The Unique Reproductive Anatomy Of The Duck

In order to understand what is so unique about duck mating, we have to discuss the fascinating reproductive organs of both male and female ducks. 97% of the avian species have cloacas for reproductive organs – these are body cavities that are used for both mating and waste elimination, and found in both males and females. Male birds have testicles, of course, and females have ovaries, but these are housed internally.

Ducks and other waterfowl are unique among birds as they have penises and vaginal cavities instead of cloacas. While the fact that they have these organs might cause you to believe they mate more similarly to other mammals, the organs themselves are very different from other species. One of the unique attributes is that both male and female organs have a corkscrew shape, with ridges spiraling clockwise (in female ducks) and counter-clockwise (in drakes). Why they spiral in opposite directions is unknown, with biologists currently at a loss as to the advantage this can give them.

Reproductive Organs Of The Male Duck

The drake’s penis is housed internally, making an appearance only during intercourse. It is shaped like a corkscrew, with a counter-clockwise spiral, and can reach up to 20 centimeters (that’s over 7 inches) in length. What’s even more fascinating is the fact that they are described to have “explosive erections” – with the penis exiting its internal housing and penetrating fully into the female duck in ⅓ of a second. This trait may have evolved due to the challenges of mating in the water, where every second (or ⅓ of a second) counts.

Why do drakes and other male waterfowl have penises instead of the cloaca that most other birds possess? While it can’t be said with certainty, it is believed that waterfowl are equipped with external sex organs so that their sperm does not simply wash away in the water. This theory seems to hold water (yes, pun intended) as waterfowl do tend to prefer mating in the water as opposed to on land. 

Interestingly, scientists have determined in their research of avian embryos that all male birds develop a penis – shortly after development, a gene known as Bmp4 activates to kill these specific cells, causing the developing organ to wither away. 

Reproductive Organs Of The Female Duck

It may be hard to believe, but it can be argued that the female duck’s reproductive anatomy is even more fascinating than the drake’s. Females have a long vaginal canal, also corkscrew-shaped, but with clockwise spirals. Why the sex organs of males and females spiral in opposing directions remains a mystery, but some researchers theorize it can aid in communication between the sexes during mating. Others believe the female’s vaginal canal has evolved into a hostile environment (more on this below) and the opposing spirals are simply another example of this.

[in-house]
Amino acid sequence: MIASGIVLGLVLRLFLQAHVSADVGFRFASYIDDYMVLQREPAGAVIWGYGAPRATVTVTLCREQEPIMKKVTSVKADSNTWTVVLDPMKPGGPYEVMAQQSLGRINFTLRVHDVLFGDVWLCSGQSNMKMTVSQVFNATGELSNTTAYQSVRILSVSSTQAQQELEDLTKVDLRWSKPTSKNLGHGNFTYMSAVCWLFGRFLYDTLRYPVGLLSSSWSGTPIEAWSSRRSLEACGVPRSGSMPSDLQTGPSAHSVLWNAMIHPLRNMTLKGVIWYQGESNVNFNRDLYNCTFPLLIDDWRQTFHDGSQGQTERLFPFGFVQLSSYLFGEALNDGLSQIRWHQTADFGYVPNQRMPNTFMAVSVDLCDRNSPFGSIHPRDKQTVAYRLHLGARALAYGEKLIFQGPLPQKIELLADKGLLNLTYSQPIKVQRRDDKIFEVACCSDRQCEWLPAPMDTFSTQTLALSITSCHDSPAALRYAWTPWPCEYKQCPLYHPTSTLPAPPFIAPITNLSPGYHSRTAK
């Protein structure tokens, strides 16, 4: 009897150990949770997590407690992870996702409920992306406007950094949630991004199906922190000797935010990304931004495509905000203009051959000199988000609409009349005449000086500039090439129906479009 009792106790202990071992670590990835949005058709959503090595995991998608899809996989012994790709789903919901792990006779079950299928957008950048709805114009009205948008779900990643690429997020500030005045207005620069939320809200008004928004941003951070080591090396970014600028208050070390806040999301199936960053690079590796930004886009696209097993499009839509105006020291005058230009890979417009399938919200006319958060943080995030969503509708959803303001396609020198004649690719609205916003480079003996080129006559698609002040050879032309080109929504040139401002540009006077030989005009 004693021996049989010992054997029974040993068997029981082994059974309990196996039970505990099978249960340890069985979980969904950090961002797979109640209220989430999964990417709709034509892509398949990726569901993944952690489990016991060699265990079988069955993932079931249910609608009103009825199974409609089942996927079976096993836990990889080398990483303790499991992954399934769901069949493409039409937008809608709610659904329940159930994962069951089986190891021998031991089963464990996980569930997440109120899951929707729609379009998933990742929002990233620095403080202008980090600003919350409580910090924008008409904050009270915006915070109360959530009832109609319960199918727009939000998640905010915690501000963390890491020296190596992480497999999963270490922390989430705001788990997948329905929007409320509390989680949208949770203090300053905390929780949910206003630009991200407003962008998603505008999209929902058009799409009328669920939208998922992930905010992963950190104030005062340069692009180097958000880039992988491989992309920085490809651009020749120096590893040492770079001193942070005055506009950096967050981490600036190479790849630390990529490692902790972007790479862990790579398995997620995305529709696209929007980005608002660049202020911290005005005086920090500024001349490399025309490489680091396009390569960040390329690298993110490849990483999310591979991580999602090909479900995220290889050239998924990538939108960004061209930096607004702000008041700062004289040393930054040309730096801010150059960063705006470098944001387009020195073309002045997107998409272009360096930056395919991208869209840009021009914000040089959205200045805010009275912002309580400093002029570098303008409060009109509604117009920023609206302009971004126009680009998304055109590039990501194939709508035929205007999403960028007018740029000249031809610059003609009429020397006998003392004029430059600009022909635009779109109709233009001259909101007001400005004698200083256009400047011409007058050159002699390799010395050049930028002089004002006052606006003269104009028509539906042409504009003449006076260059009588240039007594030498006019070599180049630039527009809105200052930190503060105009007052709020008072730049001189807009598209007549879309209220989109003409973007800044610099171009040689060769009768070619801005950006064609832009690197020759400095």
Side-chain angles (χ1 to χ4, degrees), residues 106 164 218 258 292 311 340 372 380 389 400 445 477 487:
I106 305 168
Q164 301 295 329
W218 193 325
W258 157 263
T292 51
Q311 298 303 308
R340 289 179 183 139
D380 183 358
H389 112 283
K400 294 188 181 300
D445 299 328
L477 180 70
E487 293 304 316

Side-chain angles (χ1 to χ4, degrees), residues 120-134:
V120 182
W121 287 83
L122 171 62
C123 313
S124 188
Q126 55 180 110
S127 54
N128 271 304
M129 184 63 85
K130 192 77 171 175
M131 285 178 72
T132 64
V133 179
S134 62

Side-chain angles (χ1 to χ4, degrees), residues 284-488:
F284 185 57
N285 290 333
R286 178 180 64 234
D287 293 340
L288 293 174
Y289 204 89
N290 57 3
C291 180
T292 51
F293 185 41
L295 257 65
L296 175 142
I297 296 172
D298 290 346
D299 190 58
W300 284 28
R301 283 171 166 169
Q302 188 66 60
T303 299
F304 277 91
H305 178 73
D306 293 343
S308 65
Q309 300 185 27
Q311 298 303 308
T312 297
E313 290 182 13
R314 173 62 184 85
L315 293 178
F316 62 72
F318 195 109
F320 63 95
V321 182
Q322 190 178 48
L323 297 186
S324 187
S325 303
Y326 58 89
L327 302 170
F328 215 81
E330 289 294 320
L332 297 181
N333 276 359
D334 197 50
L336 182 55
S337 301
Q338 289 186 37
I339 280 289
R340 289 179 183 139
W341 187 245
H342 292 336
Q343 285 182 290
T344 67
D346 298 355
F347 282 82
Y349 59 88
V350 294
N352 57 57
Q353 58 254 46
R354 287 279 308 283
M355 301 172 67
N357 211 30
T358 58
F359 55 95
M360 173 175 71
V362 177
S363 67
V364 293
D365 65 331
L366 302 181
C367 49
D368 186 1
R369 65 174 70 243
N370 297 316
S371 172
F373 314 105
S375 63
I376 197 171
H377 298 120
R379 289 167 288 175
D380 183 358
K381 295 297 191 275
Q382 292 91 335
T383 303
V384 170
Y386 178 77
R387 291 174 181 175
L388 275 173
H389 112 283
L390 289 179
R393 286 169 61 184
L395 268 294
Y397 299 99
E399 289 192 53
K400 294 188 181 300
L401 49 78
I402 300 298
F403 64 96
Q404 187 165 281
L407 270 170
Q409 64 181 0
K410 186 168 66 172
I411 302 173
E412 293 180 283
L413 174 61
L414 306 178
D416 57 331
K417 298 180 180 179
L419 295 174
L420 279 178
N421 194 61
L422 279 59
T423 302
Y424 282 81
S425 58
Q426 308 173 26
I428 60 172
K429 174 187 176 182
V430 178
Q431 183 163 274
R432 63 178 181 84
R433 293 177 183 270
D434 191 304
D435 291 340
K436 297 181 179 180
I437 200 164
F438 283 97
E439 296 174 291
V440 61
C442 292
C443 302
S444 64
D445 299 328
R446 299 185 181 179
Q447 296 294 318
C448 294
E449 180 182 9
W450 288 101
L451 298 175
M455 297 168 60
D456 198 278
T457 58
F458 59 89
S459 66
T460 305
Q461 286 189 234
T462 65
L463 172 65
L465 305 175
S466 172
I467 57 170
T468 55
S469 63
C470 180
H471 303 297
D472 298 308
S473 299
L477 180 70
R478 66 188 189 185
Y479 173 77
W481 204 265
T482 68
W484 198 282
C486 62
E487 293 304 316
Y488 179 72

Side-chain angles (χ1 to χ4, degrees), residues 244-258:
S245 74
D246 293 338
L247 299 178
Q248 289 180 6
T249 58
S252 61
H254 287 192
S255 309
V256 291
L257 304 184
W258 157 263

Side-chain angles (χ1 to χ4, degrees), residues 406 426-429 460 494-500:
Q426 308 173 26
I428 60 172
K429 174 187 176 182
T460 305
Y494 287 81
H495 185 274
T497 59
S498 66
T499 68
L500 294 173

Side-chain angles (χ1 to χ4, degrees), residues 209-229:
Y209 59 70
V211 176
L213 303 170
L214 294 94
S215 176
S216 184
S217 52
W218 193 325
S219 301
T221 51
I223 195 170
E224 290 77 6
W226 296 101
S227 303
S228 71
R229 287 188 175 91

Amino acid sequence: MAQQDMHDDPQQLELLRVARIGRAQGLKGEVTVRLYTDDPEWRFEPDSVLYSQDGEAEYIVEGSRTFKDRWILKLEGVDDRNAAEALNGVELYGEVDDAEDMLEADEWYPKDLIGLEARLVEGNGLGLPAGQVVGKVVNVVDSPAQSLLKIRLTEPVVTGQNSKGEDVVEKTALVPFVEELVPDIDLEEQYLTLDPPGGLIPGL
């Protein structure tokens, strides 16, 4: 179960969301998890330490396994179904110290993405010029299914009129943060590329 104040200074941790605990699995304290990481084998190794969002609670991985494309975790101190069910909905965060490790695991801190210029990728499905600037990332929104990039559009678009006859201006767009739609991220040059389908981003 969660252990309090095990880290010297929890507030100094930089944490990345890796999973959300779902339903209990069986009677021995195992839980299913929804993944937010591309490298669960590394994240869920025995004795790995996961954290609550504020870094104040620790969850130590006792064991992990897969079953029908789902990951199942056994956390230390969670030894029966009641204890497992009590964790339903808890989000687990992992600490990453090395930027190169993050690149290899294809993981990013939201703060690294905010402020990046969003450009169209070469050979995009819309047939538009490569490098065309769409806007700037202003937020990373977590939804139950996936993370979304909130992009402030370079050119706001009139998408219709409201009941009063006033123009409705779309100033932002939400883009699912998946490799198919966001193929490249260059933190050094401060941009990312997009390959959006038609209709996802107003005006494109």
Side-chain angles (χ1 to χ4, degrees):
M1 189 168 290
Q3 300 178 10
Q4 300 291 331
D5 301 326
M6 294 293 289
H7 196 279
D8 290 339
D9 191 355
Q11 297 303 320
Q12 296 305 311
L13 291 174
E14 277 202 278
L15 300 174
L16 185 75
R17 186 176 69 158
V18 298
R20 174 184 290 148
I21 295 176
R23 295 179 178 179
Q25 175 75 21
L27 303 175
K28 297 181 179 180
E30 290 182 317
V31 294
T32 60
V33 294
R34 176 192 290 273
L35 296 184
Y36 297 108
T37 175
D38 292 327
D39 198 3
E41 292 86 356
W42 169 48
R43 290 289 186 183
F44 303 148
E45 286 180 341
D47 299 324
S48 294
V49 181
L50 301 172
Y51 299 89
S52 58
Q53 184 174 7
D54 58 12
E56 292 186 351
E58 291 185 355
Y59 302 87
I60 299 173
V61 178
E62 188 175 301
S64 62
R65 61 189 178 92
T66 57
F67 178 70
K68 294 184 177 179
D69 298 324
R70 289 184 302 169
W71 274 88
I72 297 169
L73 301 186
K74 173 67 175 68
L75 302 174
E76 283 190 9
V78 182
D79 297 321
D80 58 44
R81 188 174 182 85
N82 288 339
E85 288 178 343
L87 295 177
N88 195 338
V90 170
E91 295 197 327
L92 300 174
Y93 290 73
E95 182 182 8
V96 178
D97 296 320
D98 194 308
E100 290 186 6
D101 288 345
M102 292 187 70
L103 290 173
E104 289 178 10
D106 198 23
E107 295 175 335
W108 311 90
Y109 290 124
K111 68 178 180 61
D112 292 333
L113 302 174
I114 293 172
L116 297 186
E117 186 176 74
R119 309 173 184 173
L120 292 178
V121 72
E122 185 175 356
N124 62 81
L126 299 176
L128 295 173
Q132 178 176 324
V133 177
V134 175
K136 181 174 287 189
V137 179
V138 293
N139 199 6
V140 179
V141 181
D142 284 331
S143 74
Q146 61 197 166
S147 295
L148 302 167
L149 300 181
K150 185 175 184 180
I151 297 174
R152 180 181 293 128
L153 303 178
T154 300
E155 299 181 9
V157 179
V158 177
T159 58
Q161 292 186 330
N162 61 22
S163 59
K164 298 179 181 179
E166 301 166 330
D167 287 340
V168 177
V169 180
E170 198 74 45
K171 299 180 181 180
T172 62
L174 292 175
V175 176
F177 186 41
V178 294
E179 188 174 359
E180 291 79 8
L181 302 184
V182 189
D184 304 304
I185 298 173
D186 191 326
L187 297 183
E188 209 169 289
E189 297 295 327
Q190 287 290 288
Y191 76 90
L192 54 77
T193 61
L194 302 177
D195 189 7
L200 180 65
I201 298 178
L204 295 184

There is another unique attribute to the female’s vagina – it is home to several “false pockets” – these are literally pockets that stem from the vagina and quickly dead-end. It is believed that females, by adjusting their position during intercourse, can send sperm into these dead-ends instead of to their eggs. Why would they want to do this? Duck mating is notorious for often being non-consensual, and females use their anatomy as a way to block the sperm of offending drakes. 

Is Duck Mating Brutal? 

Reading about how ducks mate can be disturbing. What we have to remember is that ducks are not humans, and attributing human characteristics and culture onto animals gives us a skewed perspective of the animal kingdom. Reproductive behavior in almost all animals (including humans) has evolved to give the species the best chance of survival.

How the seemingly brutal reproductive behaviors of ducks helps the species to endure might not be immediately clear to humans, but no one can say that their tactics are ineffective – after all, specific breeds of duck are so good at procreating they are considered invasive in many regions. So while you may not want to watch the romantic displays of your ducks, try not to worry – whatever they are doing seems to be working for them as a species.

If you’re thinking about owning or breeding ducks, you can learn more about them in the articles I’ve written below!


Carmella Abel

Hello! I’m Carmella. I’ve spent my entire life around farm animals, and I created Savvy Farm Life to share the helpful information I’ve learned over the years. Thank you for stopping by, and best of luck with your farm!

Recent Posts